"Knowledge will forever govern ignorance"

--James Madison--

"The real division is not between conservatives and revolutionaries, but between authoritarians and libertarians"

--George Orwell--

False Binaries and Third Ways--Immigration Policy

The right is good at presenting false binary choices as a way to delegitmize opposing viewpoints:

On health care:
"Free enterprise" vs "Government takeover"

On fiscal policy:
"Fiscally responsible Republicans" vs "Tax and spend Democrats"

On immigration:
"Enforcement" vs "Open borders"

These are always presented as the only two possible positions. But life is full of nuance, and everyday living always presents you with more than two paths to solve any problem.
This is hardly unique to the right. They just happen to be the masters of the tactic. It happens on the left as well.

When it comes to discussing immigration policy, I've seen plenty of examples even on progressive blogs of people expressing this false binary choice. Anyone who advocates for anything other than strict enforcement of existing law, and indeed, the imposition of yet more restrictive laws is frequently called an "open borders type" or an "illegal lover" (although I usually only see that second description on conservative blogs and mixed forums).

In reality, though, nobody that I know who opposes draconian and heavy handed enforcement policies is actually advocating an "open borders" policy. It's a very rare position even among immigrant advocates.

Open borders are just as unworkable as are airtight borders. Open borders means no workable way to combat smuggling, no way to control immigration. Airtight borders means a commitment of money and manpower that no country with over 5000 miles of border would ever be able to meet.

If the East Germans couldn't even maintain an airtight border around one city, there is little hope for maintaining one around the world's third or fourth (depending on how you count) largest country by land area, and the third largest by population.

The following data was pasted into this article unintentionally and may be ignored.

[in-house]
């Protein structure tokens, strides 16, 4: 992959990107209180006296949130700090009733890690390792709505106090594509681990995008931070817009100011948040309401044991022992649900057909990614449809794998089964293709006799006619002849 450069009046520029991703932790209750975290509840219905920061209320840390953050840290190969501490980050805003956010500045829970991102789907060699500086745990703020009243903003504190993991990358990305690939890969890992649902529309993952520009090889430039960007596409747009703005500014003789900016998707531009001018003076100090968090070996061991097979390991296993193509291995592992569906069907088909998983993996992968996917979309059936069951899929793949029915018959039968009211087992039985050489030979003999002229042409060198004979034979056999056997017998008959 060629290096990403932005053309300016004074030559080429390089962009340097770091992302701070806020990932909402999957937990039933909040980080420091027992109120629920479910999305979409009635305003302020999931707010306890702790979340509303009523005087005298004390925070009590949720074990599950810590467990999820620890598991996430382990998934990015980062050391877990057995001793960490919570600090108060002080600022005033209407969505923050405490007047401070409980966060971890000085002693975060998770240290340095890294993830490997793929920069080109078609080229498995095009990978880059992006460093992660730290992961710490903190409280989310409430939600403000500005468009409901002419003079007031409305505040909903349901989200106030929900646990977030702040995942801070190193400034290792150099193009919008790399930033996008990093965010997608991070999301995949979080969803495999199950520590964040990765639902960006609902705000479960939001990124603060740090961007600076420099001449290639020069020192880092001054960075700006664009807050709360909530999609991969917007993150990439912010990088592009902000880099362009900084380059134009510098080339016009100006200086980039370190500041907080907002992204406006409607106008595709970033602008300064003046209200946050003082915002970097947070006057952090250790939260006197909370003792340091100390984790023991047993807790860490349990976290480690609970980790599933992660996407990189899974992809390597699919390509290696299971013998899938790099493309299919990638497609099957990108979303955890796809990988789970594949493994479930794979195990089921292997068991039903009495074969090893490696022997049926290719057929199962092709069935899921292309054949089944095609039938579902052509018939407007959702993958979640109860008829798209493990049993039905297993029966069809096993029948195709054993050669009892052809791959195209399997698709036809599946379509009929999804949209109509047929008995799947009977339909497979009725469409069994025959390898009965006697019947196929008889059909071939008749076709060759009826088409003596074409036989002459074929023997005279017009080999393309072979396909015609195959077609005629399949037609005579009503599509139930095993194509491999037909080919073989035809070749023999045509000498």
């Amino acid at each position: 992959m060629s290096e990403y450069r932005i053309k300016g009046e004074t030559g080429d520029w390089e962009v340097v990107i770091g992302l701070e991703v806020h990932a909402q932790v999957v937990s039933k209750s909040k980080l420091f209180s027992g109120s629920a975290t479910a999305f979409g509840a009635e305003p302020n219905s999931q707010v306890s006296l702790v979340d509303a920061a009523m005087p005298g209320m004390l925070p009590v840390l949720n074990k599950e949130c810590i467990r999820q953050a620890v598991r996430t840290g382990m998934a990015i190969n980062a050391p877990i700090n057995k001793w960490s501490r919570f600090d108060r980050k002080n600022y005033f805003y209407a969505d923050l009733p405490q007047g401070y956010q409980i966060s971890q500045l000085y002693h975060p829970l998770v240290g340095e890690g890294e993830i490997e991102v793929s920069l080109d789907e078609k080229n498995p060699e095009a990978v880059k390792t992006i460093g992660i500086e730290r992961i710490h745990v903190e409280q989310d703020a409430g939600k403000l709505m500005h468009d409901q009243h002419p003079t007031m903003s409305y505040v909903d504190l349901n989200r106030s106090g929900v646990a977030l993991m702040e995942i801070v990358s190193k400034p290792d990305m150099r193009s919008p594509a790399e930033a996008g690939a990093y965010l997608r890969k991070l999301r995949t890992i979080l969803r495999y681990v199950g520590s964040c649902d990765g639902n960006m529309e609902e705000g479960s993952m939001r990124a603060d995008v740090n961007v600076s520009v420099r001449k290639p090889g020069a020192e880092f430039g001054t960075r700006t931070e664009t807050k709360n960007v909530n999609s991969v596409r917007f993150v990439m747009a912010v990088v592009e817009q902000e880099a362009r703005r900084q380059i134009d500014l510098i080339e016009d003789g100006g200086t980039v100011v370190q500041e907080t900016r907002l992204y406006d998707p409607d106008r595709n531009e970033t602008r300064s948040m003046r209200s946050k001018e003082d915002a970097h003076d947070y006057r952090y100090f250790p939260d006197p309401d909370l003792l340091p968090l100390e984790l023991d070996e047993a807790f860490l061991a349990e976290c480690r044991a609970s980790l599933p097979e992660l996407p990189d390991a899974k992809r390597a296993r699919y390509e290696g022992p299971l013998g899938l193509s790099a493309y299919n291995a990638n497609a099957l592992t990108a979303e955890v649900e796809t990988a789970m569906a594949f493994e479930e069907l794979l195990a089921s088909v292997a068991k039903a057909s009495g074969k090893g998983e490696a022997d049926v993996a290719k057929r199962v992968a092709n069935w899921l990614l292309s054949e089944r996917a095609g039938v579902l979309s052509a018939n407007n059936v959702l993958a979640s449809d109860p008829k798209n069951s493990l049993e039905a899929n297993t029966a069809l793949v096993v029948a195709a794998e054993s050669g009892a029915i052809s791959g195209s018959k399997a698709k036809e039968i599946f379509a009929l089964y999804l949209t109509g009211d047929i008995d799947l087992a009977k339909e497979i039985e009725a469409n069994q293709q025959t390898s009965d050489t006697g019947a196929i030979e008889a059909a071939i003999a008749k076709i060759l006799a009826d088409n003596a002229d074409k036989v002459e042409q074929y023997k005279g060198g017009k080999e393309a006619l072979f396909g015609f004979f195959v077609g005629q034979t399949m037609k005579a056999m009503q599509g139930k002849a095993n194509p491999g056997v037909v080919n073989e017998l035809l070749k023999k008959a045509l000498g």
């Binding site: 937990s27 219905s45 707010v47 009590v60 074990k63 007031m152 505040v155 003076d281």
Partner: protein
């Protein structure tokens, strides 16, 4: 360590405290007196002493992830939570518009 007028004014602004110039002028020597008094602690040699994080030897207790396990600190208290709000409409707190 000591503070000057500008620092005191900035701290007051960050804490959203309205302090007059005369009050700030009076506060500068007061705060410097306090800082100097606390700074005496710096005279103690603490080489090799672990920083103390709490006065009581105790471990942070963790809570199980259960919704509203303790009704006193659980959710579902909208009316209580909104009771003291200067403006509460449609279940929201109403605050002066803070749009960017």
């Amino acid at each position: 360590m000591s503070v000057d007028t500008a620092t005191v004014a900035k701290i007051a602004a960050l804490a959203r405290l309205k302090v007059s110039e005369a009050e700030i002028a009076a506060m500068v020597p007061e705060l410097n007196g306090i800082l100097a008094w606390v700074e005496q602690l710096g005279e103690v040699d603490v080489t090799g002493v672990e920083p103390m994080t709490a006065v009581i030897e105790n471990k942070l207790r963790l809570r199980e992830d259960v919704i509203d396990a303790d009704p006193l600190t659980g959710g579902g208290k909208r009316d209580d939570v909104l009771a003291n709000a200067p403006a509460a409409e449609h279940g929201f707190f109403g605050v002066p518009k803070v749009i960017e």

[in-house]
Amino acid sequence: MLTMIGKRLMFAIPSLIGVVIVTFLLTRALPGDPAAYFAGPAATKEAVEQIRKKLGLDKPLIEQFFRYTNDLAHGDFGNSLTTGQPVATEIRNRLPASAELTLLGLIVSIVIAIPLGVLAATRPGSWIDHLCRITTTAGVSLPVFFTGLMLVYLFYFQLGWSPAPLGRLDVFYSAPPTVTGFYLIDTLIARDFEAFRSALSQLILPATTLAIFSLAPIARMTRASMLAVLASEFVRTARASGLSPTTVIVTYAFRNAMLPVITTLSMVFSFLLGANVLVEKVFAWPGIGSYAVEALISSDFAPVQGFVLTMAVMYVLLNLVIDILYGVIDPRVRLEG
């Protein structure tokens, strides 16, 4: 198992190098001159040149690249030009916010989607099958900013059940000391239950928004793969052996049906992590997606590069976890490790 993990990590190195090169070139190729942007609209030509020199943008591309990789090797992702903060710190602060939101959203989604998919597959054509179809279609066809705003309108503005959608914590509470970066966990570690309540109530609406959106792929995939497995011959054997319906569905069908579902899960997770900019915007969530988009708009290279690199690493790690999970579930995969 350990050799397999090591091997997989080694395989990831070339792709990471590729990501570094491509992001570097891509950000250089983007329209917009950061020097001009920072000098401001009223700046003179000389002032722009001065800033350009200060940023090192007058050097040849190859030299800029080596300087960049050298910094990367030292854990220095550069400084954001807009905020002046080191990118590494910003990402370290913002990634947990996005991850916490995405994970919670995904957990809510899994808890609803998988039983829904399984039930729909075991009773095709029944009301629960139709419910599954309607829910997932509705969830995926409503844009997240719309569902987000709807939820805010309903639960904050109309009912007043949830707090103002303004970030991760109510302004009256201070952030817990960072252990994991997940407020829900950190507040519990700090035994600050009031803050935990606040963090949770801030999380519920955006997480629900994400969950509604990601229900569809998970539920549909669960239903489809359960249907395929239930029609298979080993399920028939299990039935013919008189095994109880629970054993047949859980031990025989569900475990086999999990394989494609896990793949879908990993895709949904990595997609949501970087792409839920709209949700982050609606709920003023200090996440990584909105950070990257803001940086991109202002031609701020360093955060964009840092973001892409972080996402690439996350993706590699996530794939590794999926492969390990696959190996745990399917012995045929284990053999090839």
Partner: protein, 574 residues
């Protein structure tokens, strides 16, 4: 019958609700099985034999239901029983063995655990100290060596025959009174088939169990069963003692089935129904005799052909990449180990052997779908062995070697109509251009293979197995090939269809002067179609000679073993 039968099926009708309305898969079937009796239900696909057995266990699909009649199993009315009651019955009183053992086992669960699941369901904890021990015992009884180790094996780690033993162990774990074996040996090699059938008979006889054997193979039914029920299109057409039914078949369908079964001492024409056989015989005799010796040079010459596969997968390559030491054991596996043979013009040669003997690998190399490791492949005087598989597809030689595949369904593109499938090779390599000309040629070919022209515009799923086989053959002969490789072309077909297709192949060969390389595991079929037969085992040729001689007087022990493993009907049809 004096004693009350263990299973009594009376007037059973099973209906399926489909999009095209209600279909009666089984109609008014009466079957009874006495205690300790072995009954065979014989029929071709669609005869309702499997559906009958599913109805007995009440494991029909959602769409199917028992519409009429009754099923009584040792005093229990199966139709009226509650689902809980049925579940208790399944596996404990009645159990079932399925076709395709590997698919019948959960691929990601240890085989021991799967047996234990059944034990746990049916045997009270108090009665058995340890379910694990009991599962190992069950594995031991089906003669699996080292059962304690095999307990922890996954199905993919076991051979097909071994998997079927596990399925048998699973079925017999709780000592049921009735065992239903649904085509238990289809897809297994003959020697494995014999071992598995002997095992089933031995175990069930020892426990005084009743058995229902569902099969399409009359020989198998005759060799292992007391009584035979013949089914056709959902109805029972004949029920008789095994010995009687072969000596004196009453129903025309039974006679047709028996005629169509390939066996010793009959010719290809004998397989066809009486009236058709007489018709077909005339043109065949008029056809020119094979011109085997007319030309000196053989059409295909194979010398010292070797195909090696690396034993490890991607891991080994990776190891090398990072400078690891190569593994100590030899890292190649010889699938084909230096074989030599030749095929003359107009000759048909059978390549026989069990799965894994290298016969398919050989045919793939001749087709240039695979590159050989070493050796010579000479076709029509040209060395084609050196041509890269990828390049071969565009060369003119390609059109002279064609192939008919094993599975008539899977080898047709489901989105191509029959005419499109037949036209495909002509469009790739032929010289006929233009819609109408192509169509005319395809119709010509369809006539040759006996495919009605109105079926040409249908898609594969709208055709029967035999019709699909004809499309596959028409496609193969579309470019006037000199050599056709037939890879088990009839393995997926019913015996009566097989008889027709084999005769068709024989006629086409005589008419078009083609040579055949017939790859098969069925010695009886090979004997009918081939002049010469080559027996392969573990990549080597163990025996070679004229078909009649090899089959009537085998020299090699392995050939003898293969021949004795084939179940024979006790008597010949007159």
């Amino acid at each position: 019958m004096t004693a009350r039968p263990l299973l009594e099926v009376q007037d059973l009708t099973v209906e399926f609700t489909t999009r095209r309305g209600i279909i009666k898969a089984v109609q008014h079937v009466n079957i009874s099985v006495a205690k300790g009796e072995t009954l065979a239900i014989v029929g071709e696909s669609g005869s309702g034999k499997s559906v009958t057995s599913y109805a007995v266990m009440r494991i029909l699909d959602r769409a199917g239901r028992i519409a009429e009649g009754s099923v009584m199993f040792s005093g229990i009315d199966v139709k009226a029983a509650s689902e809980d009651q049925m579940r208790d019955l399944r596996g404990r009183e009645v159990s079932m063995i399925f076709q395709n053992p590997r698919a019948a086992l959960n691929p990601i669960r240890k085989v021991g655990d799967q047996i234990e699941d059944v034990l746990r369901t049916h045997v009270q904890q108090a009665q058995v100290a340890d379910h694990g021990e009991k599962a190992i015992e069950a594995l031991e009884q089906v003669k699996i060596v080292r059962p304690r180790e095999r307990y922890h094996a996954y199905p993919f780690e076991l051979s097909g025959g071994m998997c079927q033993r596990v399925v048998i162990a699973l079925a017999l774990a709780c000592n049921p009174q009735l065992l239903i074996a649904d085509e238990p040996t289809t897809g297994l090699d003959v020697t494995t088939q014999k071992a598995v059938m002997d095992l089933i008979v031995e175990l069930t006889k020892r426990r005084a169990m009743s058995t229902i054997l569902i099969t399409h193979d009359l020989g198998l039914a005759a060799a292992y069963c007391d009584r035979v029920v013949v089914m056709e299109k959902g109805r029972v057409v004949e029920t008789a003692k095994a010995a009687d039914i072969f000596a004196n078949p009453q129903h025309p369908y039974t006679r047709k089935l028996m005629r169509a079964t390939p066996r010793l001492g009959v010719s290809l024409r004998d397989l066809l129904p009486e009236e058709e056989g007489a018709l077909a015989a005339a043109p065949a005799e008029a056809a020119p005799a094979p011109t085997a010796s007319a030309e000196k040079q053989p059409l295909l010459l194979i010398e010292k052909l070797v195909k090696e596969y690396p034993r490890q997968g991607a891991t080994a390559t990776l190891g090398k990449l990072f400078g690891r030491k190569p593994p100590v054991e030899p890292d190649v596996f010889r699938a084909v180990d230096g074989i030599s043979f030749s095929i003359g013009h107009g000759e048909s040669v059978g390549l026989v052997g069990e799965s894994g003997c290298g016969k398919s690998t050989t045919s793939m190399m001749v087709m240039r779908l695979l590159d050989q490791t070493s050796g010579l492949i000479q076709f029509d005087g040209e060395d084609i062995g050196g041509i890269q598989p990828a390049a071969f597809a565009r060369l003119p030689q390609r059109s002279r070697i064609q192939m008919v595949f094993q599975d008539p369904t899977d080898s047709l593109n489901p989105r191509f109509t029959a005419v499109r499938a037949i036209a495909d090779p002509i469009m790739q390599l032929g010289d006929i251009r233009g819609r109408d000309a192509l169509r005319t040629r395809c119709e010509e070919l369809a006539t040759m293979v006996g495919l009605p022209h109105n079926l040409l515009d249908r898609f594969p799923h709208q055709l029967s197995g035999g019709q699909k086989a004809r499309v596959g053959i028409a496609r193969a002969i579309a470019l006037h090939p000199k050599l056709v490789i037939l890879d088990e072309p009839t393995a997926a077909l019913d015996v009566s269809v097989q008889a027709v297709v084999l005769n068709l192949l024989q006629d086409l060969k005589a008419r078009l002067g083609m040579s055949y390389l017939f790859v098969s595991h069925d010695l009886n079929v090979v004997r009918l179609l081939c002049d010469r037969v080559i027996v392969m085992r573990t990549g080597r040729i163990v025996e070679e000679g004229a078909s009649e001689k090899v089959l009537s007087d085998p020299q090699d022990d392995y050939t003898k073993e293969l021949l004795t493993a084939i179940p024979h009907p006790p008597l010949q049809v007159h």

Priorities must be taken into consideration. But that doesn't mean "open borders", either. It just means that reality presents more than just a binary choice.
Mass deportation also has problems. But pointing that out does not mean that one is opposed to ever deporting anyone.

This is a country that has never had a national ID, a country where citizens have never been required to carry proof of citizenship. Somewhere around a third of Americans possess a passport, according to the State Department. The fact that even the State Department, which issues passports, can't tell you exactly how many Americans possess one is telling in and of itself.

State issued ID cards and driver's licenses are not proof of citizenship. You can get one over the counter in most states. in a matter of hours or even minutes. Your state asks for a birth certificate and a Social Security card. Most states check the SS card against an incomplete and flawed database. The Social Security system does a better job of keeping track of births and deaths than it used to, but the system wasn't designed to confirm citizenship.

Birth certificates are easily forged documents that have a description of a baby on them. Most of us aren't 21 inches and 6 pounds anymore. The documents aren't consistent from state to state, either (just ask President Obama).

When the State Department processes a passport application, they do more than this. Exactly what all, they won't say, but I know that it includes checking your birth certificate vs hospital records. It takes 6-10 weeks to process an application.

All of this is to point out that, if we are to have Arizona style enforcement that asks people for proof of citizenship, then we need to have some sort of national ID card to prevent US citizens from being deported. This can, and does, happen. The ACLU has documented dozens of cases. While Hispanic Americans (especially those who live near the Mexican border) and Puerto Ricans (who are US citizens) are most vulnerable, this has also happened to people of European and Asian descent as well.

The point of all of this is to show that there are more than two possible positions to be taken here. I really don't know anyone who takes a hard line towards either one of these false choices. But I have seen plenty of people defending their own position by ascribing their opposition to one or the other.

As with all matters of public policy, there are more than two possibilities. There is always a third way. Plus a fourth, and a fifth...

Immigration isn't the only matter where such false choices are presented, as I mentioned above. In the future, I will be examining others.